The amount of active component present in the filter according to the present invention is not critical but is preferably from 10 to 100 mg. and more preferably from 25 to 40 mg.
The association between the cigarette tobacco and the active component is achieved when the active component is present in a conventional type of filter which is either integral with the cigarette or is present in a cigarette holder. In the latter case, the filter present in a conventional holder can be in the form of a disposable or regeneratable filter.
In any case, the association according to the present invention is such that smoke inhaled from a cigarette passes through and comes into intimate contact with the active component.
When the active component is applied to a conventional cigarette filter which is integral with the cigarette, it is preferred to impregnate the filter with a solution of the active component, followed by evaporation of the solvent, whereafter the impregnated filter is combined with the cigarette rod in conventional manner. Alternatively, the active component can be mixed in solid form with conventional filter components.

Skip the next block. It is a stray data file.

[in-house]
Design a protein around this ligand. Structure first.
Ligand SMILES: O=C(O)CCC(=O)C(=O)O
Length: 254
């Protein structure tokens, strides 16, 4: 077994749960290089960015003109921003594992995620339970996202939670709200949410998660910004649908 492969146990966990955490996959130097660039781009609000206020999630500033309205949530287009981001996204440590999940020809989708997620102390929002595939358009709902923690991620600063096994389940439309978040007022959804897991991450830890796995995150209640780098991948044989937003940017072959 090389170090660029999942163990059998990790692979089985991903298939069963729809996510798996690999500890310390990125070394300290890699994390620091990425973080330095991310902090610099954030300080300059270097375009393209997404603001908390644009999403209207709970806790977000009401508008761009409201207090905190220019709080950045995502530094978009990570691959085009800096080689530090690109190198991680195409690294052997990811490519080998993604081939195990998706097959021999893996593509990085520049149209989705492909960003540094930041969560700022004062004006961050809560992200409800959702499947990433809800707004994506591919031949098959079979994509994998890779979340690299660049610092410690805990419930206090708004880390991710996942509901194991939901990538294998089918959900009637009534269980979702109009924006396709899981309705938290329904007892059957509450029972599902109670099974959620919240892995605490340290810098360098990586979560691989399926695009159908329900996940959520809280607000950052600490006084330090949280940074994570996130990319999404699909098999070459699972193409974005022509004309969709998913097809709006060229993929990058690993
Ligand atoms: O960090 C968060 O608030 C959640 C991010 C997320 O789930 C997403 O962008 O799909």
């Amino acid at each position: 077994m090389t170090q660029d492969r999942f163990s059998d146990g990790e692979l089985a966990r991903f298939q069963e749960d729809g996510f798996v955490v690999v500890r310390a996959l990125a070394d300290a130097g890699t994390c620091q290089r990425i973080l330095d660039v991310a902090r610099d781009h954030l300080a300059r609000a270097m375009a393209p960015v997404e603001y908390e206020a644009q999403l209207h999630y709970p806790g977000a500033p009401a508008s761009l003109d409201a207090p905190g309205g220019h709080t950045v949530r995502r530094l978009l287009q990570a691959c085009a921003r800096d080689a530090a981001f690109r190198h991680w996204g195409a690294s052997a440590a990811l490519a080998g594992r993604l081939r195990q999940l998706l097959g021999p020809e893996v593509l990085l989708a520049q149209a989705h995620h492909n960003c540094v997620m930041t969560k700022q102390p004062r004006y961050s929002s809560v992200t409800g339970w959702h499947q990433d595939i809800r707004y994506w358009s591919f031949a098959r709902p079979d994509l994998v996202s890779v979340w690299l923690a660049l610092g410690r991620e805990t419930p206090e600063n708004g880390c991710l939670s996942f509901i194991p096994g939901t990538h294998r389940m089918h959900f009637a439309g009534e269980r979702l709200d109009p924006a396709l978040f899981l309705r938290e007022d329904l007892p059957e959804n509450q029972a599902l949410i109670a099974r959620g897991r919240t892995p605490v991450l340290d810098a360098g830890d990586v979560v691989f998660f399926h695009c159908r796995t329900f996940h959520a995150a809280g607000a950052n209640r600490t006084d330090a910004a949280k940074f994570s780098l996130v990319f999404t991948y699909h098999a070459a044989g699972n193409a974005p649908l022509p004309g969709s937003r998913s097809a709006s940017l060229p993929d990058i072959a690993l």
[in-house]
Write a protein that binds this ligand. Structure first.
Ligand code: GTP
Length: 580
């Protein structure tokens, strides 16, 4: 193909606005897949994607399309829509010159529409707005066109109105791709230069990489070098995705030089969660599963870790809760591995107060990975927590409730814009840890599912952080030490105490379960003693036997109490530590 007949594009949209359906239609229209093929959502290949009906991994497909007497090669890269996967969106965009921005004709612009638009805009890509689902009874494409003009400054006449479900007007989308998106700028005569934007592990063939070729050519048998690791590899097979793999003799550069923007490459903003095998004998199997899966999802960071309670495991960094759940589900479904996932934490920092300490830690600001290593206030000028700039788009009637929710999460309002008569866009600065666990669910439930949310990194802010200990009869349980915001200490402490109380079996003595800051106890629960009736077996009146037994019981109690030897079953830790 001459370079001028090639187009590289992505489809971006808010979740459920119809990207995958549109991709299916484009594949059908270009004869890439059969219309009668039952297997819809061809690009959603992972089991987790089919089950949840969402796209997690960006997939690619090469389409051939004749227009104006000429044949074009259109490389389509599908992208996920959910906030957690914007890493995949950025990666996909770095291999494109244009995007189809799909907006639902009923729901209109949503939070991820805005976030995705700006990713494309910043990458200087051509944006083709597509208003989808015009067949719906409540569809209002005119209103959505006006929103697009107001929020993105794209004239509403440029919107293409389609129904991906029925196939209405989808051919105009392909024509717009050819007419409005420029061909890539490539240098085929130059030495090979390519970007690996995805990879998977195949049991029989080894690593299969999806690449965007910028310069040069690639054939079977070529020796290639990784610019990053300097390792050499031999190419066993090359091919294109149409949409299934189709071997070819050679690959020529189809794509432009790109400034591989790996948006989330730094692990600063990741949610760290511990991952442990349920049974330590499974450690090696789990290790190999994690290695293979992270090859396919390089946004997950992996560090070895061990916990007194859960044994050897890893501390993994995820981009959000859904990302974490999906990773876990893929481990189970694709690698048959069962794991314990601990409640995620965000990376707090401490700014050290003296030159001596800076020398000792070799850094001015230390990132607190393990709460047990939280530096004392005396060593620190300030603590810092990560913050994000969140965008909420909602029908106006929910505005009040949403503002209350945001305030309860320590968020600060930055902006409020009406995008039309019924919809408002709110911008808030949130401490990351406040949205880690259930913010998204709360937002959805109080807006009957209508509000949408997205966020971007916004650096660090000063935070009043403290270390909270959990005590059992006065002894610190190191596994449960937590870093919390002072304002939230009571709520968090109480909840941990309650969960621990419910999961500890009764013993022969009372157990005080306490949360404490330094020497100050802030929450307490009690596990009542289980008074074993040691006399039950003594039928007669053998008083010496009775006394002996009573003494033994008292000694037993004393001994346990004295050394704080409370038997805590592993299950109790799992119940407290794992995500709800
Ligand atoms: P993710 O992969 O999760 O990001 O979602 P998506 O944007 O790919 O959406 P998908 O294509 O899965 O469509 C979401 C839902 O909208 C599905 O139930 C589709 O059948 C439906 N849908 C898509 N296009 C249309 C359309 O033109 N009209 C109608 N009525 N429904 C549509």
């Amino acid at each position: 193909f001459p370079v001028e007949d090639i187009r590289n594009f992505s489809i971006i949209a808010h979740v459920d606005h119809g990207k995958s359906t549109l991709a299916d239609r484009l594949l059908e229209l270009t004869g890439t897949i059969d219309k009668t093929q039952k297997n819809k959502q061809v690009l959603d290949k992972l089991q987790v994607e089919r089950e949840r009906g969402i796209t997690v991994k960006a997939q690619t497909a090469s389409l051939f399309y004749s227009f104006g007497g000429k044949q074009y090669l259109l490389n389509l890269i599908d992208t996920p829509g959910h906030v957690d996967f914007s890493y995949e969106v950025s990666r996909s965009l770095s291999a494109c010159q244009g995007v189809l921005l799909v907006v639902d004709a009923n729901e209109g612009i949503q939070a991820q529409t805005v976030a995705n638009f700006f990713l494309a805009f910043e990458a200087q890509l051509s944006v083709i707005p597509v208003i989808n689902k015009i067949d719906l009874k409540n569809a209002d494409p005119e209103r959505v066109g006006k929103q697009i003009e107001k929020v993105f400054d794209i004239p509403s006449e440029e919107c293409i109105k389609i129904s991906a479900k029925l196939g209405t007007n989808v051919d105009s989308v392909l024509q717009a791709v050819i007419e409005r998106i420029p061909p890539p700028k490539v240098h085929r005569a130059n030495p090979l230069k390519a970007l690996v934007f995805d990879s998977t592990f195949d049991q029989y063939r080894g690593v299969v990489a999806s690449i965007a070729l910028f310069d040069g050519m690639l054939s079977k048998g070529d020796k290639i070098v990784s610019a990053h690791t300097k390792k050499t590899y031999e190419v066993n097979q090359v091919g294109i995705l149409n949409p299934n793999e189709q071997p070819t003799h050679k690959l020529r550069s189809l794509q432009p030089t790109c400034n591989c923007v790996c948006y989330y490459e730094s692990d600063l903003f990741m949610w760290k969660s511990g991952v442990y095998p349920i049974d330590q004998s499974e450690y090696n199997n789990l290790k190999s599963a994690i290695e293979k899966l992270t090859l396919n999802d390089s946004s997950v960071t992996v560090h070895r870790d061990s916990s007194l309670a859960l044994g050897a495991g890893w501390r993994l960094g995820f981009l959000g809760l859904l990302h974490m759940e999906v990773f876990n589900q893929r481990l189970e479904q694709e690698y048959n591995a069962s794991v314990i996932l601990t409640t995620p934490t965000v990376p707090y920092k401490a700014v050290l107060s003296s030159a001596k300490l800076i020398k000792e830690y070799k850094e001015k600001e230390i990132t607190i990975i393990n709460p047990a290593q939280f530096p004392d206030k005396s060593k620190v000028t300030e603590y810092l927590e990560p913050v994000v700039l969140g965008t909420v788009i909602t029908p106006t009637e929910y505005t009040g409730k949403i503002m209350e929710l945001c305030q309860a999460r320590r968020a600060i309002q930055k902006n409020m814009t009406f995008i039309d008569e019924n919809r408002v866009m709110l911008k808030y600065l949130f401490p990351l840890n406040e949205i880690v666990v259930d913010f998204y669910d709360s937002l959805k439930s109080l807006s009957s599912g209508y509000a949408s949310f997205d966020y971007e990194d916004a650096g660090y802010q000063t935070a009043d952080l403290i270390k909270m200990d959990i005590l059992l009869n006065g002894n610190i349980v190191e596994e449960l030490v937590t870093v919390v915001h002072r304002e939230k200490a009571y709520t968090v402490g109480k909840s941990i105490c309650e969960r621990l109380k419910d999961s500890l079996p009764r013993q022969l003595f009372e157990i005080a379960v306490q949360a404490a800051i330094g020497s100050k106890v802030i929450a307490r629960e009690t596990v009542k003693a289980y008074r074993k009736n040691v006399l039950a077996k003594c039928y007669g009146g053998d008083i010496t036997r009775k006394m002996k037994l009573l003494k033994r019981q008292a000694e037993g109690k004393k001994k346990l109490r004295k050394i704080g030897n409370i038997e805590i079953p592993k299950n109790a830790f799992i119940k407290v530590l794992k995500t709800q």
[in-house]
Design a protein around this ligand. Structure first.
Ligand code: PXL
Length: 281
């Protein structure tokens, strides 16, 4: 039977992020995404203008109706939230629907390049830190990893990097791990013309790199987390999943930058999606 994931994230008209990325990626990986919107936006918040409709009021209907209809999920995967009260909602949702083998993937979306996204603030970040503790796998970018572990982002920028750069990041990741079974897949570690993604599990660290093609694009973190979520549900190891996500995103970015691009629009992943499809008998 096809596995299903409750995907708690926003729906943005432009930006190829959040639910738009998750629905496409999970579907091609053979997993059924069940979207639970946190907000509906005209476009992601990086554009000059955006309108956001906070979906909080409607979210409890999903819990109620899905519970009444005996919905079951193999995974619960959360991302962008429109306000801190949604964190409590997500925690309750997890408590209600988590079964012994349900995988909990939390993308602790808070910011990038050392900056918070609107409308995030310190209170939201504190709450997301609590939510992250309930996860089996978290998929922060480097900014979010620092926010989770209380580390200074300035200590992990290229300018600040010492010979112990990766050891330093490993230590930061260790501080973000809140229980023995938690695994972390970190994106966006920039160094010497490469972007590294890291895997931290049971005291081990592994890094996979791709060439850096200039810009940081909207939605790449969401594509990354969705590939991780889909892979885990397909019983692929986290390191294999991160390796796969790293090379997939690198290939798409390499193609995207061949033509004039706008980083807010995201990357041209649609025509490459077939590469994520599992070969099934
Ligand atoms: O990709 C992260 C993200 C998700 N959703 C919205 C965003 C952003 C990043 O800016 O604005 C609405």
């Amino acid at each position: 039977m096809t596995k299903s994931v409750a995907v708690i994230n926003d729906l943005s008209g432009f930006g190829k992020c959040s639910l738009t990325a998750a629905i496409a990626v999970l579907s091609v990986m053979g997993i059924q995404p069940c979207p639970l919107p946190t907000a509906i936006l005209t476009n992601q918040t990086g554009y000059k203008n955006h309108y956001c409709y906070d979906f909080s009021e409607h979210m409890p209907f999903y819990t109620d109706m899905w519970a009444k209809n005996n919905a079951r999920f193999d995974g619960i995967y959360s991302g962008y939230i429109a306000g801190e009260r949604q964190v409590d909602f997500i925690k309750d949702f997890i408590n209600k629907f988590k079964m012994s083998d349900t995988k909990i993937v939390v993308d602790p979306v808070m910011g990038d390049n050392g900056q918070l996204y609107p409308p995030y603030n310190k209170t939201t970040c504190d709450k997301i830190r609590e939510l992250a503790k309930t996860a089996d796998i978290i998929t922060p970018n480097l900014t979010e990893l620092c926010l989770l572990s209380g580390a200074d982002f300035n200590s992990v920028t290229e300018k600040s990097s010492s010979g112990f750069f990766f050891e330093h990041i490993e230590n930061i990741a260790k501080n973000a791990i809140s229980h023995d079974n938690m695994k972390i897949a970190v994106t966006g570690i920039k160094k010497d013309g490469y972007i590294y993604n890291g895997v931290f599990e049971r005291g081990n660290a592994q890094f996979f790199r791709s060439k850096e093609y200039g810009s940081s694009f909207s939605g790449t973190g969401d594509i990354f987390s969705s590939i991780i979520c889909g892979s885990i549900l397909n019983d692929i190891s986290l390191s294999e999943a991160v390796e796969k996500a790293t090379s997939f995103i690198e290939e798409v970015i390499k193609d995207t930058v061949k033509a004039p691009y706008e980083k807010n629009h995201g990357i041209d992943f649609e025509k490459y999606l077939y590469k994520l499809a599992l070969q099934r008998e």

When the active component is used in a filter present in a cigarette holder, it can be incorporated into a conventional filter capsule in solid form as the sole component thereof or as an additional component thereof. Conventional filter components used in filter capsules include active carbon, silicates and zeolites, all of which can be readily mixed with the active component.
Preliminary experiments which have been carried out show that the association according to the present invention does not result in an unacceptable pressure drop, i.e. the cigarette can be smoked in a conventional manner. Furthermore, the presence of the active component does not impair the flavour of the cigarette.